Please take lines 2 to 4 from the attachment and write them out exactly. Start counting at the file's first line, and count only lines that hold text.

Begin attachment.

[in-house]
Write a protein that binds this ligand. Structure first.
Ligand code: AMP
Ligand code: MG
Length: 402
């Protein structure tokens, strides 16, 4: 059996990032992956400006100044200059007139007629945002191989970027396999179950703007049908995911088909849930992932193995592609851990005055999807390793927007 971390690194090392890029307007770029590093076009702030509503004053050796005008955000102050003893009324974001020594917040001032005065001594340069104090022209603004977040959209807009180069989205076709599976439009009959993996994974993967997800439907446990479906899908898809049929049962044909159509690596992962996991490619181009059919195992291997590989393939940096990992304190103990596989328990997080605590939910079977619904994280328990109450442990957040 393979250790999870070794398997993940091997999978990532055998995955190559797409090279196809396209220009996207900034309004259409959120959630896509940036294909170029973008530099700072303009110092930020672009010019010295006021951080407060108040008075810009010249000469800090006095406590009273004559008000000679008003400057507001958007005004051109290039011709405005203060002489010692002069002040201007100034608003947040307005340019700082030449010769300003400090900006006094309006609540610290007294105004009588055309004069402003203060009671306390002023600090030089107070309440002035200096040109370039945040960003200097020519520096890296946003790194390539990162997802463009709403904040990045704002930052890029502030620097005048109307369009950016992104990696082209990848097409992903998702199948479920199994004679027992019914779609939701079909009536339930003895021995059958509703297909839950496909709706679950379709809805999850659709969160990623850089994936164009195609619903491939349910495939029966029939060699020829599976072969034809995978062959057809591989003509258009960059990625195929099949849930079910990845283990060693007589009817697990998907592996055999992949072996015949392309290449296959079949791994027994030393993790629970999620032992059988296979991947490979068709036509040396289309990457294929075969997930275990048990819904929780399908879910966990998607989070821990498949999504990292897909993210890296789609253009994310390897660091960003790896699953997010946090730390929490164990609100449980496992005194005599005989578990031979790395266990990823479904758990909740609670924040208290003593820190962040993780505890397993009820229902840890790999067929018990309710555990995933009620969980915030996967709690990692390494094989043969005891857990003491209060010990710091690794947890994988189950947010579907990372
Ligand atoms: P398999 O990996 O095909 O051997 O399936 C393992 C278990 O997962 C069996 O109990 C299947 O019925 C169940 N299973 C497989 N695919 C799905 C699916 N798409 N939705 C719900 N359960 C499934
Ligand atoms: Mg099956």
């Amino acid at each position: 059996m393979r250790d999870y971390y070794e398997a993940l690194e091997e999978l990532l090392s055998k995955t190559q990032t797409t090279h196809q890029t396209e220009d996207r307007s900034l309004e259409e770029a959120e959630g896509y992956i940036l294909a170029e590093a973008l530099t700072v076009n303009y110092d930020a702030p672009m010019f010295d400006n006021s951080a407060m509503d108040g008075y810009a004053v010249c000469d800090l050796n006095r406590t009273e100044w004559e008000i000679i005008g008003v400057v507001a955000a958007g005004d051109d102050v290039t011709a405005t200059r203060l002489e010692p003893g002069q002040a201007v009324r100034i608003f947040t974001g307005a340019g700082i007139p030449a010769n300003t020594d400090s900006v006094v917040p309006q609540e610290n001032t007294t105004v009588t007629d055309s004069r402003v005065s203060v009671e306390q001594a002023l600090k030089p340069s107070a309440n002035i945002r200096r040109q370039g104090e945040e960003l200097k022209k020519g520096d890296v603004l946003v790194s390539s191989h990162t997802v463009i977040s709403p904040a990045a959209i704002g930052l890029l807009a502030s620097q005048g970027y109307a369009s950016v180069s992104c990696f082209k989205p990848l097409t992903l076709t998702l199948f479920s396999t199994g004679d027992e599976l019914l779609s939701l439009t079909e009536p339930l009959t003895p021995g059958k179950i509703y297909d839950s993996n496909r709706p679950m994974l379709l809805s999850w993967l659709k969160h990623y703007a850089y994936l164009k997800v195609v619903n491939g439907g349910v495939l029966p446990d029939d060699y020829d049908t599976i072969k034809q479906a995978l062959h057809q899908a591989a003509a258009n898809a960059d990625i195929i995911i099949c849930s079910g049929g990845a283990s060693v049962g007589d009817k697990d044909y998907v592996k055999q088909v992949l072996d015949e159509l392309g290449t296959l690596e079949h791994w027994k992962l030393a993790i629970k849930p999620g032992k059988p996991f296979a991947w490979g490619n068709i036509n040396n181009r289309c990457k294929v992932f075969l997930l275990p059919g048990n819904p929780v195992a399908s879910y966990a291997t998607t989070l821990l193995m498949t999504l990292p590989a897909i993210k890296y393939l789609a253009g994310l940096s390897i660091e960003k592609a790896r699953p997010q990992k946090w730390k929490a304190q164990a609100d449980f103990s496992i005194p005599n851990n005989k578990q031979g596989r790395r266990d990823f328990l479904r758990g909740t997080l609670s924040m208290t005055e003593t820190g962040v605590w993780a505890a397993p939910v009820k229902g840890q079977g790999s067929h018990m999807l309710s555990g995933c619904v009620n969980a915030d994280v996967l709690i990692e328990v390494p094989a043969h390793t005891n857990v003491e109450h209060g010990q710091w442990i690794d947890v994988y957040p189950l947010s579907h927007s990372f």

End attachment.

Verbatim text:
Write a protein that binds this ligand. Structure first.
Ligand code: AMP
Ligand code: MG